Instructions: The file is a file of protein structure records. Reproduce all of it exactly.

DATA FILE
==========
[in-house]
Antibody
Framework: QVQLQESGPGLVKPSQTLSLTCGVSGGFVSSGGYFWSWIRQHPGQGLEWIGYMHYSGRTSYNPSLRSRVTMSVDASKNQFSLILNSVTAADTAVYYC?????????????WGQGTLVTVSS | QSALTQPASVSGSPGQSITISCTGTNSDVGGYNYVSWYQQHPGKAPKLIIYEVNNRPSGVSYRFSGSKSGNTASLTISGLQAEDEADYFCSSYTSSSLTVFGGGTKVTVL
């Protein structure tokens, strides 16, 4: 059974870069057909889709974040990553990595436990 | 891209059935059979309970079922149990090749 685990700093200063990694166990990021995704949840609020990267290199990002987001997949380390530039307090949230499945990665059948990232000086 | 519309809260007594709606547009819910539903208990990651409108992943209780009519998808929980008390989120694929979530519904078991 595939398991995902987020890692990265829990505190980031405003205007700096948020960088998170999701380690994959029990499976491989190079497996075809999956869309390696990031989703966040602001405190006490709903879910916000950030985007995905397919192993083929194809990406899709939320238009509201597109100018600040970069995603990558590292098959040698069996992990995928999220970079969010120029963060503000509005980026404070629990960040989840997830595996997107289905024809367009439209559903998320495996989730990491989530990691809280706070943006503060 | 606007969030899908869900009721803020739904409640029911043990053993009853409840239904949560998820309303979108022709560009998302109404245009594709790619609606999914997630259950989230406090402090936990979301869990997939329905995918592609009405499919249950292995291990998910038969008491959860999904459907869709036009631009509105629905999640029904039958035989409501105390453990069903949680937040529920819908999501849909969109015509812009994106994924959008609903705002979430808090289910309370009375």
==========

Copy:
[in-house]
Antibody
Framework: QVQLQESGPGLVKPSQTLSLTCGVSGGFVSSGGYFWSWIRQHPGQGLEWIGYMHYSGRTSYNPSLRSRVTMSVDASKNQFSLILNSVTAADTAVYYC?????????????WGQGTLVTVSS | QSALTQPASVSGSPGQSITISCTGTNSDVGGYNYVSWYQQHPGKAPKLIIYEVNNRPSGVSYRFSGSKSGNTASLTISGLQAEDEADYFCSSYTSSSLTVFGGGTKVTVL
């Protein structure tokens, strides 16, 4: 059974870069057909889709974040990553990595436990 | 891209059935059979309970079922149990090749 685990700093200063990694166990990021995704949840609020990267290199990002987001997949380390530039307090949230499945990665059948990232000086 | 519309809260007594709606547009819910539903208990990651409108992943209780009519998808929980008390989120694929979530519904078991 595939398991995902987020890692990265829990505190980031405003205007700096948020960088998170999701380690994959029990499976491989190079497996075809999956869309390696990031989703966040602001405190006490709903879910916000950030985007995905397919192993083929194809990406899709939320238009509201597109100018600040970069995603990558590292098959040698069996992990995928999220970079969010120029963060503000509005980026404070629990960040989840997830595996997107289905024809367009439209559903998320495996989730990491989530990691809280706070943006503060 | 606007969030899908869900009721803020739904409640029911043990053993009853409840239904949560998820309303979108022709560009998302109404245009594709790619609606999914997630259950989230406090402090936990979301869990997939329905995918592609009405499919249950292995291990998910038969008491959860999904459907869709036009631009509105629905999640029904039958035989409501105390453990069903949680937040529920819908999501849909969109015509812009994106994924959008609903705002979430808090289910309370009375």